British prime minster to visit China as Brexit looms
The relationship between the two countries has grown in importance as London contemplates its economic future after it officially leaves the EU in March 2019.
May will be in China from January 31 to February 2 in what the Chinese foreign ministry touted as a “historical visit”.
“We attach great importance to our relation with the UK,” ministry spokeswoman Hua Chunying told a regular press briefing.
“We hope we can continue to further deepen our political mutual trust, expand our cooperation and to elevate our bilateral relations to a new high.”
The visit to China will be May’s first as her country’s leader.
During her trip, she will meet with Chinese leaders and travel to Shanghai and Hubei, Hua said.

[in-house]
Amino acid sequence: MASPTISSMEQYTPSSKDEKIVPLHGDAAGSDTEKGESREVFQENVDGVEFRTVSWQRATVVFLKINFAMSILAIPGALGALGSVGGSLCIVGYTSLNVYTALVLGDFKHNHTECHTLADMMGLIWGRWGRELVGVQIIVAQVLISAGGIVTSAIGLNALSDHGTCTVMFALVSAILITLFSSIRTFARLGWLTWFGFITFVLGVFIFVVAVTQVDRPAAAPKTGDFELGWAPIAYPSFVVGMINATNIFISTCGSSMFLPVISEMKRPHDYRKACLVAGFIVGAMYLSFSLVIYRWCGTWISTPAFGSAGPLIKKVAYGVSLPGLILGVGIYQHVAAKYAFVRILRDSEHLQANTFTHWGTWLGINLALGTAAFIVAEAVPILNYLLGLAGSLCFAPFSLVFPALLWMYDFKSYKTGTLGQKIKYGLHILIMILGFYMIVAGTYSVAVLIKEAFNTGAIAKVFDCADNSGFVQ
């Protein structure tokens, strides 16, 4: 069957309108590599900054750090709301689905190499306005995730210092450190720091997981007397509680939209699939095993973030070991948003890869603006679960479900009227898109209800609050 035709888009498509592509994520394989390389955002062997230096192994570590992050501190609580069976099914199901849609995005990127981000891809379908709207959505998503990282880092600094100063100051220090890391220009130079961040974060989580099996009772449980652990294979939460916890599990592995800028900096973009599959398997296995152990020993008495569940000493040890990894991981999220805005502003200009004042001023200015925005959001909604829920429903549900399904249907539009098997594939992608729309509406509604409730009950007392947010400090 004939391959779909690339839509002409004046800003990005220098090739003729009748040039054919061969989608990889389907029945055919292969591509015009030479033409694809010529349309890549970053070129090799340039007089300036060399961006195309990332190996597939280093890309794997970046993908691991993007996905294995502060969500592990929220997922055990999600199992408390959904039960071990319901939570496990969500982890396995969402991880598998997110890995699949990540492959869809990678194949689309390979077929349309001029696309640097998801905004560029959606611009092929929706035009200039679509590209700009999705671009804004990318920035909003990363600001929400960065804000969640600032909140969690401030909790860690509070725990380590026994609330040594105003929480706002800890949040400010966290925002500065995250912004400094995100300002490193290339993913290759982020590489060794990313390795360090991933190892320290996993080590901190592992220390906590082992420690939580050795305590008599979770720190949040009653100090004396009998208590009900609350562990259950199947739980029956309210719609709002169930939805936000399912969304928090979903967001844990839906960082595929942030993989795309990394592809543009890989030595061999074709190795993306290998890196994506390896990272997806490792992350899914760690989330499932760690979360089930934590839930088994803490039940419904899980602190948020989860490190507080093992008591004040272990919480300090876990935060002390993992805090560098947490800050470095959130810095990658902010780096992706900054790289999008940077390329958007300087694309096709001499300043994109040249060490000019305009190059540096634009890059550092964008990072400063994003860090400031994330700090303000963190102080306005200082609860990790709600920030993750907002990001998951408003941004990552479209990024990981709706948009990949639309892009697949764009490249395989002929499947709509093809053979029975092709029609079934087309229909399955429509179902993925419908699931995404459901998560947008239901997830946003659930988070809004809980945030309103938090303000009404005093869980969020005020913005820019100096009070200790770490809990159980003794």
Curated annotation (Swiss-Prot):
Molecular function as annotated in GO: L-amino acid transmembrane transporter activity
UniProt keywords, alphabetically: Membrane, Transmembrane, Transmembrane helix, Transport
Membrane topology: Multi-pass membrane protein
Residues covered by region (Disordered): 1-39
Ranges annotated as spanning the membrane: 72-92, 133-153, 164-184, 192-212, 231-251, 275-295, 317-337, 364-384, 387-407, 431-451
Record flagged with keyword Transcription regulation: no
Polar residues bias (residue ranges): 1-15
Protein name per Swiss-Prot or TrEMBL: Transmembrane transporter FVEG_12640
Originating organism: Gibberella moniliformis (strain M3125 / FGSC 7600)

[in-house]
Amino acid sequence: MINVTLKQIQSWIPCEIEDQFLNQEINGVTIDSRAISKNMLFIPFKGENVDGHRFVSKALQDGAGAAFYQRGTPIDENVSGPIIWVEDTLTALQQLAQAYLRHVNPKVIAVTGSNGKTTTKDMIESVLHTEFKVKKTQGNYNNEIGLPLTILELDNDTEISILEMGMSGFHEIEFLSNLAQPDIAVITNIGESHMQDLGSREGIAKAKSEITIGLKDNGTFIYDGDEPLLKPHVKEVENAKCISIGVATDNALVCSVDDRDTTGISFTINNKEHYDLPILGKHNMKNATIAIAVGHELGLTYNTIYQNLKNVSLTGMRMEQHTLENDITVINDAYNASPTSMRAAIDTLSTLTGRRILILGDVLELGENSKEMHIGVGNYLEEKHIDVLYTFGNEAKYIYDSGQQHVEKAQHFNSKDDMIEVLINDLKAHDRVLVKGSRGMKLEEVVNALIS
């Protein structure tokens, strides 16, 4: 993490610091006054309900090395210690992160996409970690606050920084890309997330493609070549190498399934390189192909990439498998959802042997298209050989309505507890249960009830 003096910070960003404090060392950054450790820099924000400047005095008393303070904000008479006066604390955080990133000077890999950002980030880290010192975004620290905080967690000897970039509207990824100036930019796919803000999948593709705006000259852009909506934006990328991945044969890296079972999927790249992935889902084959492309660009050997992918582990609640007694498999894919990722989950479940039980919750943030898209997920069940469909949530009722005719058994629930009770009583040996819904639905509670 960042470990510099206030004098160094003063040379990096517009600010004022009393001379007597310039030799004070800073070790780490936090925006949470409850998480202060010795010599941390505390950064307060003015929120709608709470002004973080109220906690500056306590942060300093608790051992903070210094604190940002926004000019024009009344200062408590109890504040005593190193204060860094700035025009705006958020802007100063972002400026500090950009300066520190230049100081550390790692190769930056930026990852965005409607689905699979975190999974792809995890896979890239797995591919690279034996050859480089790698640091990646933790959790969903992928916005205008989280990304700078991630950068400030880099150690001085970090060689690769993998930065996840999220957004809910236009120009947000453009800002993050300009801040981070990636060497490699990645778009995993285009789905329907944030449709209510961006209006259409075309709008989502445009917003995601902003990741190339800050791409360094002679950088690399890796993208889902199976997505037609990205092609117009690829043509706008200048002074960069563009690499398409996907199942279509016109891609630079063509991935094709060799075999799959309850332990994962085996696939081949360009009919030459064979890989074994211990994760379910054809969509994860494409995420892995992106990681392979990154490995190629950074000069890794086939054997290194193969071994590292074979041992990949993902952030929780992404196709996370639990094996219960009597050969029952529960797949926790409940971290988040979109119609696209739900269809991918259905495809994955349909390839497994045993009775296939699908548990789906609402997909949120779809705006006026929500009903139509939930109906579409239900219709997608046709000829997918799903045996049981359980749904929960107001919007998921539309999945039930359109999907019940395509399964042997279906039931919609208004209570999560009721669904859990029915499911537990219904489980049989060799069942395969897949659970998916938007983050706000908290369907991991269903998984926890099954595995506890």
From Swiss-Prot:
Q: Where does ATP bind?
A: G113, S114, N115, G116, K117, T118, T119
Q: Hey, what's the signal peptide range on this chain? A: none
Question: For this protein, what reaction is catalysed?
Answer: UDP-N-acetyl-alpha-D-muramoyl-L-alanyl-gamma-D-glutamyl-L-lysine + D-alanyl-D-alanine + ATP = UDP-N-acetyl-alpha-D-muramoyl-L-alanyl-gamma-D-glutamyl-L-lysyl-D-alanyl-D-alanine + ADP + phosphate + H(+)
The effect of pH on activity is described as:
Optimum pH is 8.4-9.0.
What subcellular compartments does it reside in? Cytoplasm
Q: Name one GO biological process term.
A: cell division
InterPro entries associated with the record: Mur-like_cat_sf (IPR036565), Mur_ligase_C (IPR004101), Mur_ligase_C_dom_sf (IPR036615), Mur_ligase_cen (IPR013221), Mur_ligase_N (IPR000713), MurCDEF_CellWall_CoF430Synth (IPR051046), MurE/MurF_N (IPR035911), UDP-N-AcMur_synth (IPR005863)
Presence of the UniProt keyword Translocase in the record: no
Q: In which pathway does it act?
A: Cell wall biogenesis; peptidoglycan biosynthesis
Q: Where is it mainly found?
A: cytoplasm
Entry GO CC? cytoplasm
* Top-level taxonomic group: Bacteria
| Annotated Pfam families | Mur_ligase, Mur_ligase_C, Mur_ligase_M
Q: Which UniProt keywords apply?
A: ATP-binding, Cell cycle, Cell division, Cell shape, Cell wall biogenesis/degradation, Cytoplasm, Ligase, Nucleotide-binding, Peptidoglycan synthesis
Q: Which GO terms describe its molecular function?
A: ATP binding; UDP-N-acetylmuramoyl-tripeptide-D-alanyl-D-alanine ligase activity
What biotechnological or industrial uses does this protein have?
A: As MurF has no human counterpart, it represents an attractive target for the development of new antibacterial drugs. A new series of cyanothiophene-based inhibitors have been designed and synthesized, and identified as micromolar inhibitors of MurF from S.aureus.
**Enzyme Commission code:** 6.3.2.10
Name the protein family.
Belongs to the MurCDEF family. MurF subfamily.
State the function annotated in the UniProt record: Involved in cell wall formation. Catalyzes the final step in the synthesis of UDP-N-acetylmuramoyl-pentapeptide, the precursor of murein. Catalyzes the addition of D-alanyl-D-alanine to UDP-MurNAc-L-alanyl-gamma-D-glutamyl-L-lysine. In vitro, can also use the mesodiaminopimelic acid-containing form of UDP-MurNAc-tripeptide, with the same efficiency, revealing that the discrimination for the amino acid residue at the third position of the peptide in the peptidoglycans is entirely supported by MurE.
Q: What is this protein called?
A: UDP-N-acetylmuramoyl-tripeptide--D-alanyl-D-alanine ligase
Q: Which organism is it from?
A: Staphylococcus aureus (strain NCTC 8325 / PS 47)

Britain has said it will leave the EU’s single market and customs union so that it can strike its own trade deals with countries outside the bloc, making China’s huge market an attractive target.
In preparation, a parade of top officials have travelled to China in recent months.
Britain’s trade minister Liam Fox recently returned from a trip to China, where he discussed market access for British exports, including its key sector of financial services.
In December, finance minister Philip Hammond visited the Asian giant to work out final preparations for a “stock connect” linking the London and Shanghai exchanges, and had agreed to examine the possibility of connecting their bond markets as well.
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